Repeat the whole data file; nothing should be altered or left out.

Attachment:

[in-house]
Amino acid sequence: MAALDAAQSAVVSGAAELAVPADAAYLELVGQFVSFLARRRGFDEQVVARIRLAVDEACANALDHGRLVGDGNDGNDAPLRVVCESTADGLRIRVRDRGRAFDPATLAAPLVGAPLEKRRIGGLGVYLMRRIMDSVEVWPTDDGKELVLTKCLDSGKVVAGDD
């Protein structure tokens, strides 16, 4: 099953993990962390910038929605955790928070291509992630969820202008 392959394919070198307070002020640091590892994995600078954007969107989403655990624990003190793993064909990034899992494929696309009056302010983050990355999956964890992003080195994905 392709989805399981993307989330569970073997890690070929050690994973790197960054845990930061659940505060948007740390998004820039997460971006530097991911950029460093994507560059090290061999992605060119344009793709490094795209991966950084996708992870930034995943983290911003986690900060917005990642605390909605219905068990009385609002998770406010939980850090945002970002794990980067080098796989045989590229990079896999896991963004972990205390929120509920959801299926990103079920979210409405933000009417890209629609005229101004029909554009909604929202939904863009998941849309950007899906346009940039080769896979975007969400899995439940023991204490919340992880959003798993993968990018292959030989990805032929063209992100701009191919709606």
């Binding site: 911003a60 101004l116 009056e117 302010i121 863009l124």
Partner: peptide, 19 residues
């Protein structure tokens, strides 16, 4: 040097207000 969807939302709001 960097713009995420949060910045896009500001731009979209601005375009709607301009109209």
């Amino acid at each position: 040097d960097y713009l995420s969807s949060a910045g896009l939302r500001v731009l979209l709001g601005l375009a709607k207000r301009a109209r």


[in-house]
Amino acid sequence: MAALDAAQSAVVSGAAELAVPADAAYLELVGQFVSFLARRRGFDEQVVARIRLAVDEACANALDHGRLVGDGNDGNDAPLRVVCESTADGLRIRVRDRGRAFDPATLAAPLVGAPLEKRRIGGLGVYLMRRIMDSVEVWPTDDGKELVLTKCLDSGKVVAGDD
């Protein structure tokens, strides 16, 4: 099953993990962390910038929605955790928070291509992630969820202008 392959394919070198307070002020640091590892994995600078954007969107989403655990624990003190793993064909990034899992494929696309009056302010983050990355999956964890992003080195994905 392709989805399981993307989330569970073997890690070929050690994973790197960054845990930061659940505060948007740390998004820039997460971006530097991911950029460093994507560059090290061999992605060119344009793709490094795209991966950084996708992870930034995943983290911003986690900060917005990642605390909605219905068990009385609002998770406010939980850090945002970002794990980067080098796989045989590229990079896999896991963004972990205390929120509920959801299926990103079920979210409405933000009417890209629609005229101004029909554009909604929202939904863009998941849309950007899906346009940039080769896979975007969400899995439940023991204490919340992880959003798993993968990018292959030989990805032929063209992100701009191919709606």
């Binding site: 911003a60 101004l116 009056e117 302010i121 863009l124």
Partner: peptide, 19 residues
């Protein structure tokens, strides 16, 4: 040097207000 969807939302709001 960097713009995420949060910045896009500001731009979209601005375009709607301009109209």
């Amino acid at each position: 040097d960097y713009l995420s969807s949060a910045g896009l939302r500001v731009l979209l709001g601005l375009a709607k207000r301009a109209r």